I called it a dent. By the sound of my grandparents howls, the noise was more like the government ripped the Medicaid from their wallets. Either way, that wallop in the side of my grandparents station wagon couldn't be covered up with mud, towels or delays. Let me explain.
A little past 12 years old, I'd been invited to summer trek across country with my grandparents following one of the myriad military moves we'd made during my childhood. My parents had forged ahead to the SoCal and I would follow behind with said elders and a pop-up trailer in tow.
Most of the journey from Little Rhody to Emerald Hills, California rolled along in a car cabin filled with the chain smoke of several cartons of Marlboro 100s, songs about driving across country and argument language that would have had the rowdiest members of the Navy's 6th Fleet blushing.
One of our stops? Cooperstown, New York. The Baseball Hall of Fame, where we spent the day. I was allowed one souvenir. I chose the small, wooden replica Louisville Slugger. Then, off we went.
Four days later, we pulled up to the two-story 1960s styled home my parents rented. With the wagon parked on the curb, my grandparents retreated inside while I stretched my legs in the yard. I took the little slugger along as something to do while running around on the grass.
As I pretended to be Greg Luzinski and Mike Schmidt (big Phillies fan at a young age), I took swings with my slugger sending 500-foot home runs over the Veterans' Stadium walls.
One one particular shot, I wound up and really let go. And by that, I mean I let go. OF. THE. BAT.
It spun like a helicopter about 60 feet and them smashed into the right rear door of my grandparents' wagon. From the size of the dent, you would have sworn I'd tossed a Steve Carlton curve ball into the thing. Either way, I panicked like an impala that just felt a cheetah's tongue lick its neck.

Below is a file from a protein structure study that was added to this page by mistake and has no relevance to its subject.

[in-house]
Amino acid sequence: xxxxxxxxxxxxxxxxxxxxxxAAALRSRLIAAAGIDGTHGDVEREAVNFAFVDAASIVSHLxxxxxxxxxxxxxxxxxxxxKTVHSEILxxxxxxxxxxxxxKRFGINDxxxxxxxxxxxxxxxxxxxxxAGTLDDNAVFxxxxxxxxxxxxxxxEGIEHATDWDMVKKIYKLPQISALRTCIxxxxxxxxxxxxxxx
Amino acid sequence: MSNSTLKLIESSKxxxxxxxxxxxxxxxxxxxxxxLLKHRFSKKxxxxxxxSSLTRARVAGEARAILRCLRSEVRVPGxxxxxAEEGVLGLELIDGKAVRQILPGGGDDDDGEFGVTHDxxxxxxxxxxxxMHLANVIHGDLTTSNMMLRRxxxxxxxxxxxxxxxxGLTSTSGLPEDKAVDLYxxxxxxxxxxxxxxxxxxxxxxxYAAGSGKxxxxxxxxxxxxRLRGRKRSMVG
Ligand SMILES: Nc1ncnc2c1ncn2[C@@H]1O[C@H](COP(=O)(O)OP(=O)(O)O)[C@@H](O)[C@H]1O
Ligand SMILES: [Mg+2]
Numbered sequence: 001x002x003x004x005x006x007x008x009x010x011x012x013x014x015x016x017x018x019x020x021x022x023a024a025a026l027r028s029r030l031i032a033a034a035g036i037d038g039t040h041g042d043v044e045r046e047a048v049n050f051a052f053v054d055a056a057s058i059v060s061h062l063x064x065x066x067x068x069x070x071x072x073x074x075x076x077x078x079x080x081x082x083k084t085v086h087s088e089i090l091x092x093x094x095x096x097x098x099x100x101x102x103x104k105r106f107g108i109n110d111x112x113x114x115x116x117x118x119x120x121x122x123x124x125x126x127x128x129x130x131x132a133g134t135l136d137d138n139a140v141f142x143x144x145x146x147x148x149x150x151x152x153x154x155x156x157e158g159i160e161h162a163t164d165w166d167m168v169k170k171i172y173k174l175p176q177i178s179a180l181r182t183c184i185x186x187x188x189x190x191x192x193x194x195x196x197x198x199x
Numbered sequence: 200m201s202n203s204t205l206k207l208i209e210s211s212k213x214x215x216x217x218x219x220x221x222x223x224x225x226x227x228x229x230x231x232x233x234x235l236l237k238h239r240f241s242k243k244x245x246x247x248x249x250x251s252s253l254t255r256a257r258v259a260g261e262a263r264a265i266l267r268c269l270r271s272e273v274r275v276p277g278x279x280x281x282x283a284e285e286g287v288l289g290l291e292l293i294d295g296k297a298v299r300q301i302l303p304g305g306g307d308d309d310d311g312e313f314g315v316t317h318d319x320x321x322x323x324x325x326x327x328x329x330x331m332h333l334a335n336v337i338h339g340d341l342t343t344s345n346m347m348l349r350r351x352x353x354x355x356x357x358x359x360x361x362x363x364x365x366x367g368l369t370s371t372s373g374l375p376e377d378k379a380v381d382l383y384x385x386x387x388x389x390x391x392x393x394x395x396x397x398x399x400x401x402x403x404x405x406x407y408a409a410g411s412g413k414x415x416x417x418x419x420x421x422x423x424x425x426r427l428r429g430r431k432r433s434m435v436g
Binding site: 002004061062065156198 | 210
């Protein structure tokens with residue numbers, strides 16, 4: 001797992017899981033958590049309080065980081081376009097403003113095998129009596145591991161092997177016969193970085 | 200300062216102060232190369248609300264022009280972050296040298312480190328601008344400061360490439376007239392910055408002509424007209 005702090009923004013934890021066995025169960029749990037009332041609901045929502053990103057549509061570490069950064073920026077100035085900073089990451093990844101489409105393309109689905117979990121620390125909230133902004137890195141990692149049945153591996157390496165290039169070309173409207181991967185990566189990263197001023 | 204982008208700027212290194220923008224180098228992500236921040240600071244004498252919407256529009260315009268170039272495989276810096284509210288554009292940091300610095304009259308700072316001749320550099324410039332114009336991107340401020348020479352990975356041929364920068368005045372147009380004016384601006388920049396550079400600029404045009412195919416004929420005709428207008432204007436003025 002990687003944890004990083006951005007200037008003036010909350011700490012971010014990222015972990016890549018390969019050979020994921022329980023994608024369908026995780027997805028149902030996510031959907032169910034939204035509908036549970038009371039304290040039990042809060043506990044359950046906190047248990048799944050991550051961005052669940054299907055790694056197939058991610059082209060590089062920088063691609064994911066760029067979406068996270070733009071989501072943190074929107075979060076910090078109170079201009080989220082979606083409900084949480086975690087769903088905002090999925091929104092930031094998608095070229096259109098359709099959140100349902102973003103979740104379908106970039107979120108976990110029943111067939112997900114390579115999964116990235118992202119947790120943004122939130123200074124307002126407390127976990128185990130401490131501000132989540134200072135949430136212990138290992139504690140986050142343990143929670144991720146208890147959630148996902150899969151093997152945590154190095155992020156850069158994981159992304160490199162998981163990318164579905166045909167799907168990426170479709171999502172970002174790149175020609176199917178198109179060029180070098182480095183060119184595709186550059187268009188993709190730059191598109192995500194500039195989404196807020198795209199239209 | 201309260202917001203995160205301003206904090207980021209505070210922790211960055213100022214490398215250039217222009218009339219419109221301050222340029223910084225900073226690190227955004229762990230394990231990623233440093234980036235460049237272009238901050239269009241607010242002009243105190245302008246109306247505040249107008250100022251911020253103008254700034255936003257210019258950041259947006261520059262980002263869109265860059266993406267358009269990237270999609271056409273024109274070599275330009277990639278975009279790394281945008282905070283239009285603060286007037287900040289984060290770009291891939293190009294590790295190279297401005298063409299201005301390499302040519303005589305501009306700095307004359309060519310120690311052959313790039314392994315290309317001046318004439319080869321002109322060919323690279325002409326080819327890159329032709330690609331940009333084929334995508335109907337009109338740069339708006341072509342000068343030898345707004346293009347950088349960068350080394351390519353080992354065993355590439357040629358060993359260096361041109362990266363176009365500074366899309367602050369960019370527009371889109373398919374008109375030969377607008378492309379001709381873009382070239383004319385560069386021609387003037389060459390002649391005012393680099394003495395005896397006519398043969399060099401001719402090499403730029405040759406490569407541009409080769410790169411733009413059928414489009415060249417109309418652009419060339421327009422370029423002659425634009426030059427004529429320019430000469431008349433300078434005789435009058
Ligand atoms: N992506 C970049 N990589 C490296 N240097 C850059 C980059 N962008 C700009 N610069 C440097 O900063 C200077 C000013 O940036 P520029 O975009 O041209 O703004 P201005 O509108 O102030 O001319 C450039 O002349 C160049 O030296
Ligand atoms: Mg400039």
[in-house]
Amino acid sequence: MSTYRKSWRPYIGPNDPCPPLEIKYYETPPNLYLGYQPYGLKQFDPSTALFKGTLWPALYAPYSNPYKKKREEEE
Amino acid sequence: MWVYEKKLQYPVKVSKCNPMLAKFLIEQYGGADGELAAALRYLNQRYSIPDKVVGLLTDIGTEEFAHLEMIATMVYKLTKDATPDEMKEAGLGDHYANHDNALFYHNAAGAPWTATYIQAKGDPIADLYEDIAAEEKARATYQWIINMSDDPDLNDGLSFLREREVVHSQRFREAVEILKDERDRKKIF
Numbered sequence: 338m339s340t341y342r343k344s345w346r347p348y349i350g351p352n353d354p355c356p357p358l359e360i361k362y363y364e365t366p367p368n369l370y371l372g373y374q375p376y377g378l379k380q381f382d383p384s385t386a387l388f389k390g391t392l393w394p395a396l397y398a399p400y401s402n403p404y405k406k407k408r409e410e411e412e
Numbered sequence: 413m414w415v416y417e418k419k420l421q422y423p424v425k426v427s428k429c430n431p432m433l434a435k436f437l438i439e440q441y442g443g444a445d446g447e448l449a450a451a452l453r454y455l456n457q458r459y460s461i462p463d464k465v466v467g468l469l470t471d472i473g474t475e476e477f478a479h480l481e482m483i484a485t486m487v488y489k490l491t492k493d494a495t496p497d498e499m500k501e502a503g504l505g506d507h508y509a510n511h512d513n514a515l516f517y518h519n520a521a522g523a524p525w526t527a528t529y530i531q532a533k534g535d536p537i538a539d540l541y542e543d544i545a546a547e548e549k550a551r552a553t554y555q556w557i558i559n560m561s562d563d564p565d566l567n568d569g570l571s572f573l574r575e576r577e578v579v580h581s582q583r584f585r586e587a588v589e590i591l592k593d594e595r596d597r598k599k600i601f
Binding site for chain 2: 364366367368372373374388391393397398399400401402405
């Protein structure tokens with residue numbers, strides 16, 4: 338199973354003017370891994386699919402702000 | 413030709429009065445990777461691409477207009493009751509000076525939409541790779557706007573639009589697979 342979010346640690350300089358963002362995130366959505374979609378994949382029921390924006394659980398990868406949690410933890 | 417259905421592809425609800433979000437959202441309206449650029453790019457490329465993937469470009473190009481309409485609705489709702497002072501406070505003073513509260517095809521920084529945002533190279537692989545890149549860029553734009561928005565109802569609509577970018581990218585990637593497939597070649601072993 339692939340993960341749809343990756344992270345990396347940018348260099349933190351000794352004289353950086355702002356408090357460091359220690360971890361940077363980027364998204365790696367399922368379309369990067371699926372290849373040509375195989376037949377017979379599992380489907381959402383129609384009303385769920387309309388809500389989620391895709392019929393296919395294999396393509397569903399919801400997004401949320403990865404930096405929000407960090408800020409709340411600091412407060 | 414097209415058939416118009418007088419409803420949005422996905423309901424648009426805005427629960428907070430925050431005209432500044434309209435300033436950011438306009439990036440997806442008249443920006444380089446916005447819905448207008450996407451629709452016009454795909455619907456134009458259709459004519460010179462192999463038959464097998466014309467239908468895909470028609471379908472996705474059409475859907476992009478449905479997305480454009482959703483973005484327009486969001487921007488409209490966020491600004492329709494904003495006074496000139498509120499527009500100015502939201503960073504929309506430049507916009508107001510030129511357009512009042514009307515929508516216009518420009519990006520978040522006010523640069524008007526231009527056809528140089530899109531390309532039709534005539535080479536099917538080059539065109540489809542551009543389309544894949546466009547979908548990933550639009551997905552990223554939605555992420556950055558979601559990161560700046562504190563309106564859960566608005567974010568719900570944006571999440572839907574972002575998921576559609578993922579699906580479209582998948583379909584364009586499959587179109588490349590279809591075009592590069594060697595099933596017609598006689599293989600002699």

My first solution? Grab a ball of wet California mud and smash it onto the dented spot. My 12-year-old genius intellect figured if it stuck there for along enough, they wouldn't see it until they got back to Rhode Island. Unfortunately, the mud clung to the door for about three seconds and a new solution came into play.
The second solution? Drape a towel out of the window and onto the door. I don't remember the exact plausible explanation for this, however, at age 12, it made PERFECT SENSE AT THE TIME. However, there were no towels to be found within reason. So, I settled on my last tactic: stalling.
See, the inevitable was coming. I would be having my butt spanked. There was no getting out of that. However, I figured if I could butter up the more senior members of the fam, maybe I'd buy less strokes with the belt.
Not to be. As soon as I launched into my "Who wants to hear me do Abbott and Costello's 'Who's on First?' gag," my grandfather managed to get outside and see the dent.
I don't know if there' is a phenomenon where 'yell volume' transfers from one relative to the next, but it happened here. My grandfather, angry, said something vulgar and loud. That transferred exponentially to my grandmother, then my mother and then ultimately to my waiting stepfather who had the belt.
Before the butt whipping, I tried to explain that it could be easily repaired and that my $5 allowance that I got sometimes would fix the thing in no time (with 'no time' being about 76 weeks). After the butt whipping ... well, you know.
I never found that little slugger again. It's probably for the best.
Jason Tudor is a writer and illustrator originally from San Diego with a fondness for baseball and other things. You can catch him at his website, http://jasontudor.com